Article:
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NCJRS Abstract

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NCJ Number: 150000 Find in a Library
Title: First Amendment Penalty Enhancement for Hate Crimes: Content Regulation, Questionable State Interests and Non- Traditional Sentencing
Journal: Journal of Criminal Law and Criminology  Volume:84  Issue:4  Dated:(Winter-Spring 1994)  Pages:703-742
Author(s): T D Brooks
Date Published: 1994
Page Count: 40
Type: Legislation/Policy Analysis
Format: Article
Language: English
Country: United States of America
Annotation: This article critiques the U.S. Supreme Court's ruling in Wisconsin v. Mitchell (1993), which held that the First Amendment does not prohibit a State from enhancing the penalty for a crime if the offender selected the victim because of the victim's race, color, religion, disability, sexual orientation, national origin, or ancestry.
Abstract: The author begins by reviewing the responses of various State legislatures to the incidence of "hate crime." He then examines three lines of cases relevant to deciding the constitutionality of penalty-enhancement statutes for hate crime. His argument posits that the U.S. Supreme Court answered a crucial threshold question incorrectly and therefore ignored relevant precedent in reaching its decision. Specifically, the author questions the Court's threshold conclusion that Wisconsin's penalty-enhancement statute merely regulates nonexpressive conduct by arguing that the statute impermissibly regulates speech, or, in the alternative, that the statute impermissibly regulates expressive conduct. The author concludes that the Court erred in ignoring these two arguments against sentence enhancement by focusing instead on cases addressing the admissibility of a defendant's words and expressive conduct during standard sentencing procedures. 292 notes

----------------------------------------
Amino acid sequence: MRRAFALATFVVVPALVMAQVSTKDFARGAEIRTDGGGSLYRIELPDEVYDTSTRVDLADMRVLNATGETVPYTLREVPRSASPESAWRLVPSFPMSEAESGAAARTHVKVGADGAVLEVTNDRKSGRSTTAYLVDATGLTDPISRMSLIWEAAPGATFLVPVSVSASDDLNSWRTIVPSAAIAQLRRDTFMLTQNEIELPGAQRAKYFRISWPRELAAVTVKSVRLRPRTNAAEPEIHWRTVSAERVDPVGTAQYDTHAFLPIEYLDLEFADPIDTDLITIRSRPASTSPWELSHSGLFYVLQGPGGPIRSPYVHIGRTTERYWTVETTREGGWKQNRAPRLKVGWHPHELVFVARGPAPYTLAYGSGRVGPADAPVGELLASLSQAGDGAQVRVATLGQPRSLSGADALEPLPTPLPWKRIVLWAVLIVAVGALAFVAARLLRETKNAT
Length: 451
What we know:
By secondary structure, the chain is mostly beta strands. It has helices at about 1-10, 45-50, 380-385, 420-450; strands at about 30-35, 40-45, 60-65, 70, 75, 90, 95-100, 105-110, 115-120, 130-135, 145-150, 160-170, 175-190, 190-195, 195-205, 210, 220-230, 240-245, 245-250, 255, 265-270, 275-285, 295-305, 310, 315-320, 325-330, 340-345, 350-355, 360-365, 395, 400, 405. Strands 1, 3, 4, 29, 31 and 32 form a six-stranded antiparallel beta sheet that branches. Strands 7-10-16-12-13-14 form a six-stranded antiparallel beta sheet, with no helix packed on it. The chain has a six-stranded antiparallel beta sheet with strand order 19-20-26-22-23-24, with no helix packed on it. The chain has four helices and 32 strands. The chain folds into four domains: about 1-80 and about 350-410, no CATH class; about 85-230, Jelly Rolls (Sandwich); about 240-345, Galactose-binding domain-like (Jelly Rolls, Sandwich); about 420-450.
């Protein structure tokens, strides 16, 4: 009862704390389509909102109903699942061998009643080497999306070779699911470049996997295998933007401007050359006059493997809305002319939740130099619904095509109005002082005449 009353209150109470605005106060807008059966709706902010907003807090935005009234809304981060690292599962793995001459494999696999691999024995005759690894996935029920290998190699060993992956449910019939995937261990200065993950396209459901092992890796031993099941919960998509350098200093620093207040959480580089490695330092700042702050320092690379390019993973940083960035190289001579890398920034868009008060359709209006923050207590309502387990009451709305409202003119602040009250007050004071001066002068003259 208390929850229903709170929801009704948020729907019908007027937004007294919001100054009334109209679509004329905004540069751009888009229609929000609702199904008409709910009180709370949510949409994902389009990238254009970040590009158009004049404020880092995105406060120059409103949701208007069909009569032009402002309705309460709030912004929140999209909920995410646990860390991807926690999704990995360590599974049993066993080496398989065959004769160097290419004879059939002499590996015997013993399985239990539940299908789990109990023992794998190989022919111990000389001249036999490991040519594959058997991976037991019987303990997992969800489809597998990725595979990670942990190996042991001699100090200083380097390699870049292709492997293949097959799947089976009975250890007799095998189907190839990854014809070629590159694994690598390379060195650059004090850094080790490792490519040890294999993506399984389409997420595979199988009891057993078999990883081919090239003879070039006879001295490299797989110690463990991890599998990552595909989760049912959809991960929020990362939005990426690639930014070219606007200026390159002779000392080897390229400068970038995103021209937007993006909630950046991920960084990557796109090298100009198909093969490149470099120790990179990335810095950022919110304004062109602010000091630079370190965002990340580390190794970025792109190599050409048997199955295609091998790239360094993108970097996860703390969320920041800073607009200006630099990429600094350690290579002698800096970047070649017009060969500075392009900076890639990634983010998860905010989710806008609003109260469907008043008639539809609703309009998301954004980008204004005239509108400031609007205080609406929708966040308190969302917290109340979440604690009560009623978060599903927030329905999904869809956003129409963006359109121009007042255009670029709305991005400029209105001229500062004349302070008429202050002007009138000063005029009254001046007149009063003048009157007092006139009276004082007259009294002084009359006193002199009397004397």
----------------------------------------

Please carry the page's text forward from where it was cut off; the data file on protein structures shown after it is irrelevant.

Main Term(s): US Supreme Court decisions
Index Term(s): Hate Crimes; Sentencing factors; State laws; Victims of Crime; Wisconsin
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